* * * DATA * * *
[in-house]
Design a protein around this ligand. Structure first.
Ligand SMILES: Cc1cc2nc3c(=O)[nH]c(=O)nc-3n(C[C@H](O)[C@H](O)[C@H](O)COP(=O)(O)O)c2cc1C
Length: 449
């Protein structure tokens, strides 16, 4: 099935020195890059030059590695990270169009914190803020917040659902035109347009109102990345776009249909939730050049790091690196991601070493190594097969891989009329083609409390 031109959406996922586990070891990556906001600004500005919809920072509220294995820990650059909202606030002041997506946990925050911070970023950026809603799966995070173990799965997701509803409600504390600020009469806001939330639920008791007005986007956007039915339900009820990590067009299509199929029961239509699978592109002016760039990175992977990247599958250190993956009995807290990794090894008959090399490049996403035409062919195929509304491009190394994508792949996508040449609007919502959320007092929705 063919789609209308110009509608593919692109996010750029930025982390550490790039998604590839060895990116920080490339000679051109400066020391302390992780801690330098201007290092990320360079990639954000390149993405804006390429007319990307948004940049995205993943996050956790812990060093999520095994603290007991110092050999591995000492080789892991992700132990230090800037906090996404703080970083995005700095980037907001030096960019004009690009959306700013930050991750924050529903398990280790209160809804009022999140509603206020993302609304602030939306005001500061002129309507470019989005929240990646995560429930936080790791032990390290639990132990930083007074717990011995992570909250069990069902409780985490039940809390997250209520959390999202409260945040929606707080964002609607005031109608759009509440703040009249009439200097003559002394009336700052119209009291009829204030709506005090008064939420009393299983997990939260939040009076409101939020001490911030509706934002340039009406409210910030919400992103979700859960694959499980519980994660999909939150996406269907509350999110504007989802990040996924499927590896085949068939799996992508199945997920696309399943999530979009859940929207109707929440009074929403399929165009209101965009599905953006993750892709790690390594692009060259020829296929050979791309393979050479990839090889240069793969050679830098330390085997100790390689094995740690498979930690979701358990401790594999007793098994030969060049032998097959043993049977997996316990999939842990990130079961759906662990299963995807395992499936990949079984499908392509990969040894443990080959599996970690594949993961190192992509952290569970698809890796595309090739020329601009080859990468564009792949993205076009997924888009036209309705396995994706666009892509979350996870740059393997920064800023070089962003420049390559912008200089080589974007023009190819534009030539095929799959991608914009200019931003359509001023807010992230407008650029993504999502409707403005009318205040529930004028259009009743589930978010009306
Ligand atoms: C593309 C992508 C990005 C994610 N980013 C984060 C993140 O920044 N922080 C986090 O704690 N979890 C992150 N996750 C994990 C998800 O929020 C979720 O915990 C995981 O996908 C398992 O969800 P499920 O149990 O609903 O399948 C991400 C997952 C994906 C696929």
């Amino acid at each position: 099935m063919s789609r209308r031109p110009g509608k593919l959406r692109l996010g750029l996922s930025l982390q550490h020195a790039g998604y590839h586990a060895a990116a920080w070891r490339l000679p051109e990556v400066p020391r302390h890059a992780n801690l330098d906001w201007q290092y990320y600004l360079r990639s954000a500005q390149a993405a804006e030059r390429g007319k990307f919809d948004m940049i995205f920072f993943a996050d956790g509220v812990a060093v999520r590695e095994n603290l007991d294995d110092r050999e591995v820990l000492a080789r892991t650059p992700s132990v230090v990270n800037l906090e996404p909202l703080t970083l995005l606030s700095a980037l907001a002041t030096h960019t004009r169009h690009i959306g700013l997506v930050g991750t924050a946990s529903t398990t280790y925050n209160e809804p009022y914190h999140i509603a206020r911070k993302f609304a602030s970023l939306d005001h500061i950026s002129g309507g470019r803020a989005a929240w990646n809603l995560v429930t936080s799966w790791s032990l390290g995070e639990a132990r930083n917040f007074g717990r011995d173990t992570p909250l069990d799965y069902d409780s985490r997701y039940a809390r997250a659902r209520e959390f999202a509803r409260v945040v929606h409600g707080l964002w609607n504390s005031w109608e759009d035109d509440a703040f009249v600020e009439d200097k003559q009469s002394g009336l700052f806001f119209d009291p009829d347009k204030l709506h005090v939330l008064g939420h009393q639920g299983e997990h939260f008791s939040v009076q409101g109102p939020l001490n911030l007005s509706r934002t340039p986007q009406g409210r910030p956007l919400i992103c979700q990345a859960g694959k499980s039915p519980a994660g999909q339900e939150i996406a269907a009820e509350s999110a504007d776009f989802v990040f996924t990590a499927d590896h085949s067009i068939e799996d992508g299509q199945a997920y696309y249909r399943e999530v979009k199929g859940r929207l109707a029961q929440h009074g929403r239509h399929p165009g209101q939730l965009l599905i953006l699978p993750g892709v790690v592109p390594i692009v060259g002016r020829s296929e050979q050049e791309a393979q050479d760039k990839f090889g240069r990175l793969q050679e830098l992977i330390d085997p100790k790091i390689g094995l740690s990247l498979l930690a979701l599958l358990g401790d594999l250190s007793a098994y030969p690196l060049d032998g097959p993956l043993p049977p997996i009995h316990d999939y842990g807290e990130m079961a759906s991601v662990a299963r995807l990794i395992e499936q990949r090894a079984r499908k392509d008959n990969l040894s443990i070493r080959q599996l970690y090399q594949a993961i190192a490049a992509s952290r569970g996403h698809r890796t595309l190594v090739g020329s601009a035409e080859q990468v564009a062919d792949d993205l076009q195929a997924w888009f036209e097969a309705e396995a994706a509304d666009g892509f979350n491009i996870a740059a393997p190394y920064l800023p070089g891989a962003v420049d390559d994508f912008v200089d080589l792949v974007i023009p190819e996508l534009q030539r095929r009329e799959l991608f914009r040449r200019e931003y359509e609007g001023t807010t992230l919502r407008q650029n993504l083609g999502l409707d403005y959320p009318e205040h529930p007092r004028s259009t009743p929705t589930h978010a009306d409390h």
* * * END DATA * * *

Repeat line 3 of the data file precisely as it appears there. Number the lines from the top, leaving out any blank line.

Ligand SMILES: Cc1cc2nc3c(=O)[nH]c(=O)nc-3n(C[C@H](O)[C@H](O)[C@H](O)COP(=O)(O)O)c2cc1C